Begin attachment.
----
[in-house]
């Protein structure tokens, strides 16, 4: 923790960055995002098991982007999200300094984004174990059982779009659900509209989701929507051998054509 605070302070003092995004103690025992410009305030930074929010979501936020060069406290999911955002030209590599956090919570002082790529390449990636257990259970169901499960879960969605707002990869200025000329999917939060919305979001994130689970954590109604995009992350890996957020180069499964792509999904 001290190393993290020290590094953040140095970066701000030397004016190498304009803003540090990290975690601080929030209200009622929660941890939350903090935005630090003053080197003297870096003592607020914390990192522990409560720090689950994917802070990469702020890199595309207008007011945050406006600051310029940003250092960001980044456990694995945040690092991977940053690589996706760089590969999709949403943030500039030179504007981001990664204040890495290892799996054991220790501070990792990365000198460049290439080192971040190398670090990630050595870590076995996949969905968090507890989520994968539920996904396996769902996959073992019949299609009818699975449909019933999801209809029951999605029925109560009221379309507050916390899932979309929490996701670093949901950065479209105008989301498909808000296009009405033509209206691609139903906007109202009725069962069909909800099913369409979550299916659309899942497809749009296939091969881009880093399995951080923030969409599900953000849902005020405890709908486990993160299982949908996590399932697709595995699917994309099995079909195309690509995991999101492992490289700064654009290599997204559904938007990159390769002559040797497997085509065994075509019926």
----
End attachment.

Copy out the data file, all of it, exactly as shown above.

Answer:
[in-house]
């Protein structure tokens, strides 16, 4: 923790960055995002098991982007999200300094984004174990059982779009659900509209989701929507051998054509 605070302070003092995004103690025992410009305030930074929010979501936020060069406290999911955002030209590599956090919570002082790529390449990636257990259970169901499960879960969605707002990869200025000329999917939060919305979001994130689970954590109604995009992350890996957020180069499964792509999904 001290190393993290020290590094953040140095970066701000030397004016190498304009803003540090990290975690601080929030209200009622929660941890939350903090935005630090003053080197003297870096003592607020914390990192522990409560720090689950994917802070990469702020890199595309207008007011945050406006600051310029940003250092960001980044456990694995945040690092991977940053690589996706760089590969999709949403943030500039030179504007981001990664204040890495290892799996054991220790501070990792990365000198460049290439080192971040190398670090990630050595870590076995996949969905968090507890989520994968539920996904396996769902996959073992019949299609009818699975449909019933999801209809029951999605029925109560009221379309507050916390899932979309929490996701670093949901950065479209105008989301498909808000296009009405033509209206691609139903906007109202009725069962069909909800099913369409979550299916659309899942497809749009296939091969881009880093399995951080923030969409599900953000849902005020405890709908486990993160299982949908996590399932697709595995699917994309099995079909195309690509995991999101492992490289700064654009290599997204559904938007990159390769002559040797497997085509065994075509019926």